You may already know that I self-published a simple children’s counting book because of Joseph’s interest in the dot flashcards the Institutes for the Achievement of Human Potential sell as their math program. We’ve now received our copy, and here’s Joseph’s reaction to his new counting book.
Joseph loves his new dots book!
Two Sundays ago, we visited both our regular church and the Catholic church, for a bit of organ, hymns, and good liturgy. The sermon was on the parable of the ten virgins. The priest confessed that this parable had always bothered him. Why do those virgins get punished so harshly for such a small oversight? Did the bridegroom really place such importance on the virgins’ being ready with extra oil? The priest proposed that the main desire of the bridegroom was not the perfect preparation of those virgins, but that they be there to welcome him when he came. What made them foolish was not only their lack of preparedness, but their embarrassment at being caught imperfect, with unlit lamps, when welcoming the bridegroom. Their pride, their desire to present themselves perfect with lit lamps, their refusal to admit to their lack of preparedness to the bridegroom, caused them to insult him by not even being present to welcome him. The priest proposed that had they waited with unlit lamps, they would have made it into the feast.
I enjoyed this alternate take for casting light on another underreported aspect of the parable, but even more so, was happy to see my notion of all Catholics being all works-based go up in smoke.
The previous sermon at our regular church had been on the Prodigal Son. I’ve heard a number of speakers look more closely at the older son, the one who obeyed the rules and never partied (though he wanted to) and wouldn’t party when his brother returned. Our pastor pointed out that although the younger son openly rebelled, wishing the father dead, the older didn’t serve out of love, either. He served to follow the law and fulfill expectations, out of a sense of duty and a notion that his father was a taskmaster. He served with grumbling, thinking that would please his father. In the same way, his father was openly generous and gracious to the younger son, but by inviting the older one (and we don’t know for sure that he declined!) also showed plenty of generosity and grace to the older one. The question remains, though: is it easier to repent of obvious, open sin, than of having kept all the rules to (perhaps unconsciously) eliminate the need for grace, for God, in our lives?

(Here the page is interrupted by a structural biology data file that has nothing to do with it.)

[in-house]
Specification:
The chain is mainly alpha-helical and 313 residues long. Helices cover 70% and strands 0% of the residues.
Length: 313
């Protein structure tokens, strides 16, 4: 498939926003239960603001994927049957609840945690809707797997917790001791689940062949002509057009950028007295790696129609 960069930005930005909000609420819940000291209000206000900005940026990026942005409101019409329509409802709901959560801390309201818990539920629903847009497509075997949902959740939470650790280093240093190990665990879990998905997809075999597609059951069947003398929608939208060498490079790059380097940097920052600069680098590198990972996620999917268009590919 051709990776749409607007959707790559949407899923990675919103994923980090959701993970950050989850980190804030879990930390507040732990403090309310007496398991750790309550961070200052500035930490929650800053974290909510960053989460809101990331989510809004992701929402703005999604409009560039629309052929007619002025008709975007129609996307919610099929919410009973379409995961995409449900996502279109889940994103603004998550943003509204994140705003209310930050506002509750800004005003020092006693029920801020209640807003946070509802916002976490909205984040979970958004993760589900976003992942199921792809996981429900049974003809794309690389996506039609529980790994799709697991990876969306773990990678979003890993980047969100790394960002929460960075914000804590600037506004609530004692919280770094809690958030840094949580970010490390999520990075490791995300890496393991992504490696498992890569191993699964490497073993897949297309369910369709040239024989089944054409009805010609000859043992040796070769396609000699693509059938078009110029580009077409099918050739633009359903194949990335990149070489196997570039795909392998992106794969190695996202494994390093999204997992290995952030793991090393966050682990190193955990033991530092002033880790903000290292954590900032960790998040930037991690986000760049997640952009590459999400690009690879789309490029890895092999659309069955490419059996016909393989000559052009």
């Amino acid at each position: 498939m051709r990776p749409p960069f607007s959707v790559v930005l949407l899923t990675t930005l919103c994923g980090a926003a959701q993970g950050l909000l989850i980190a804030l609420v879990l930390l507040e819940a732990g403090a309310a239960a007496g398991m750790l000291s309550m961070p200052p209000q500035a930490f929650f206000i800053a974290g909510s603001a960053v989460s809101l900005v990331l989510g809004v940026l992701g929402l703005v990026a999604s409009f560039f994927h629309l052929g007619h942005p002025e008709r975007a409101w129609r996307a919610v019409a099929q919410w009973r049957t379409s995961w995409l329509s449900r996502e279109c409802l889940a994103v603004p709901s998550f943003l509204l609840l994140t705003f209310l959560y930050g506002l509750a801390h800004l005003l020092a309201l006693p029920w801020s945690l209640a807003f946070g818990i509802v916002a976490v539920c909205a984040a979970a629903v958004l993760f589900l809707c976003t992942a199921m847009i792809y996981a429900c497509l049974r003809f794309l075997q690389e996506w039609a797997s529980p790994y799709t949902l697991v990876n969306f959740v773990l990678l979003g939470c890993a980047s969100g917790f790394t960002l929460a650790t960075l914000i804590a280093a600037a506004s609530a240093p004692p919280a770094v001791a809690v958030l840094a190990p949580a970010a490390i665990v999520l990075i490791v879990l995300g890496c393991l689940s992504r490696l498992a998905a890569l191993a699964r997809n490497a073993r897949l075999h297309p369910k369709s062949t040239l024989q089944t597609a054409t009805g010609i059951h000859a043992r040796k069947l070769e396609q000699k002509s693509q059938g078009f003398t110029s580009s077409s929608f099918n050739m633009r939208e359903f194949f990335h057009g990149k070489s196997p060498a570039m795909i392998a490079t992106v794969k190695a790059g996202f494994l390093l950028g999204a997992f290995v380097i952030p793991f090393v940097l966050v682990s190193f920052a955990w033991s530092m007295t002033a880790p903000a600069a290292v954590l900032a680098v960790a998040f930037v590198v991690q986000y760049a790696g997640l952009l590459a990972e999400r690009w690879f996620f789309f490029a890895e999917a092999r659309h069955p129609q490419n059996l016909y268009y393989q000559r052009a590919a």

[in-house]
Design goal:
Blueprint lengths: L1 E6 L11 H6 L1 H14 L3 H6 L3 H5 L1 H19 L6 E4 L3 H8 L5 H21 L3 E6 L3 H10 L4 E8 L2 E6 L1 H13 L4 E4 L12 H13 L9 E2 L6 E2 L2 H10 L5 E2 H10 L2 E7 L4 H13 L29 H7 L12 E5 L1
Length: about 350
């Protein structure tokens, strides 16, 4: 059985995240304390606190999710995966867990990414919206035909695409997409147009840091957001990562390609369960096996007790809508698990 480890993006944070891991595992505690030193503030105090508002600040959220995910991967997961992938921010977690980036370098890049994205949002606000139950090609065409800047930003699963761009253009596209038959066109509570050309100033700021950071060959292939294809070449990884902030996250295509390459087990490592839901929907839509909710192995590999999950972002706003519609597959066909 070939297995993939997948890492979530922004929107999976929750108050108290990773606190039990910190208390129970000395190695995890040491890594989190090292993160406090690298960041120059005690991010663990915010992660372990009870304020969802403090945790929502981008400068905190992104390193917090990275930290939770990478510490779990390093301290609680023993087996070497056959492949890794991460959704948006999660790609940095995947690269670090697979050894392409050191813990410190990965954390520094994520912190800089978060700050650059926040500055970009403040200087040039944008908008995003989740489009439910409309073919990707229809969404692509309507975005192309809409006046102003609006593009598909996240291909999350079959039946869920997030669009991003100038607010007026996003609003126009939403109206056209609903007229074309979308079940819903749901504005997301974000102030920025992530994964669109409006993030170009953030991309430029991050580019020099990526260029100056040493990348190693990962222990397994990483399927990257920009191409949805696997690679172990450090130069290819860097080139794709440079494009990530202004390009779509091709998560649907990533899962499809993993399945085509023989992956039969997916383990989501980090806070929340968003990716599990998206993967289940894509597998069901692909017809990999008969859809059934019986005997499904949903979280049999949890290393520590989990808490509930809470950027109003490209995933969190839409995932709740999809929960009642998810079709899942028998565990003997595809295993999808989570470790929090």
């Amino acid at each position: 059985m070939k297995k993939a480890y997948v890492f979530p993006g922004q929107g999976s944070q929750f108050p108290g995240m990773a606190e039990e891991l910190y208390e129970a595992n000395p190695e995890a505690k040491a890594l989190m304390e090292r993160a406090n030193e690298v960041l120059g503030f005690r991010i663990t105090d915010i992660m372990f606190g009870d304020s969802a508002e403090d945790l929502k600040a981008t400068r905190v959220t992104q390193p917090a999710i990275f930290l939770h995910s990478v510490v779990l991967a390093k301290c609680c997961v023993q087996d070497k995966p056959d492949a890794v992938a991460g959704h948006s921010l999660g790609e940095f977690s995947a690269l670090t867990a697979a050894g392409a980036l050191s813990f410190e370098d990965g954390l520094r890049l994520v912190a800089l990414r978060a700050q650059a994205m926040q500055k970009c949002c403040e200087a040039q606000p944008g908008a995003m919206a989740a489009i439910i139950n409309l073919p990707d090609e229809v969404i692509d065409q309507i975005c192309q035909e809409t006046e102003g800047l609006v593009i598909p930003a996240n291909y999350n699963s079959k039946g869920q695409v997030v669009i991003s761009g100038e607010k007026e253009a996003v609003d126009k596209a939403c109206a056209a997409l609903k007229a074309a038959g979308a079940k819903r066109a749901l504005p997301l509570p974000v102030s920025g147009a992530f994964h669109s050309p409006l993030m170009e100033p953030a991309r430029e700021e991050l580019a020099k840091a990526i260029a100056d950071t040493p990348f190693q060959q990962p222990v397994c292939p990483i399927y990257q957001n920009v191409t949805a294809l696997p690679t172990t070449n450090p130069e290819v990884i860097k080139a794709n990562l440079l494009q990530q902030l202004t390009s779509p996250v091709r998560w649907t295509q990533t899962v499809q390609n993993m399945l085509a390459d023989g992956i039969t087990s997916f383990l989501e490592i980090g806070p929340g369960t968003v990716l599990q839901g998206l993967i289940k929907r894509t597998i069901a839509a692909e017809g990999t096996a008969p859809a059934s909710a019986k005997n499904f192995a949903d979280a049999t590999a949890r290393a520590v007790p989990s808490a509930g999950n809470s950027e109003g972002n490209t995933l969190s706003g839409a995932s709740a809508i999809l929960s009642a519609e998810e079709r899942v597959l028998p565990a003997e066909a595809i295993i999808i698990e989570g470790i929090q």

Note, also, that the father placed no demands on the younger son, neither for repentance (though that’s there), nor for restitution, nor conditions on future behavior. I doubt any of us fully transpose that behavior of free, unconditional grace to God. Most of us would submit that repentance is a requirement; many of us that at least an improvement of future behavior should be part of the transaction.
Then, last week’s sermon was on Colossians 2:7 and context. Our pastor first pointed out how focusing on rules stunts growth, just like telling an apprentice only what he’s not allowed to do in the workshop. Real growth requires not a certainty of not having broken commandments, it requires being rooted in Christ, growing through the constant interaction with him and the permeation of his “nutrients” into our lives. A thought I had afterward is that there’s probably a direct connection with how focused I am on rules and boundaries and how strong my need is to defend and justify myself. If I’m rooted in Christ, he is my defense, and my fruit is my defense. I can overcome hurtful accusations because of the strong connection to Christ, and helpful correction serves as healthy pruning; neither requires defense, because my justification is in my roots. But if I rely on my observance of rules, my accomplishments must be defended, my actions justified.
I’m not sure whether to be entertained by the carousel of candidates and the hoopla surrounding it, or embarrassed. I do loosely follow reporting on it, and came upon an article that talked about the houses of the GOP candidates. My vote goes to Michele Bachmann – but only if that is really her car in the driveway.
I was driving for work again yesterday and for want of a CD player in the company car listened to the radio. Once again they played a song with some version of the “I’d do it all over again” line. I think the tradition started a long time ago; the oldest example that comes to mind is Edith Piaf’s “Non, je ne regrette rien,” but there must be previous examples out there.
Here’s Edith Piaf – you can listen while you read on.
Where, I wonder, do these singers get the confidence to say that? Are they so certain there wasn’t a better way to live? Can anyone really know enough of what he’s done, its effects on others, the circumstances surrounding his actions, to confidently and categorically conclude that he’s done right – nay, that he’s done the best he could possibly have done? Or are they just terrified of the possibility that they could have done better, and talking up their own courage? After all, admitting an action was wrong (or less than perfect) becomes harder and harder as consequences snowball. I can make it personal: if I realize my bluntness hurts people, what is easier, going back to all the people I have hurt in the past and asking for forgiveness, or casting my bluntness as a virtue and their hurt as their problem? Oui, je regrette plenty alright.
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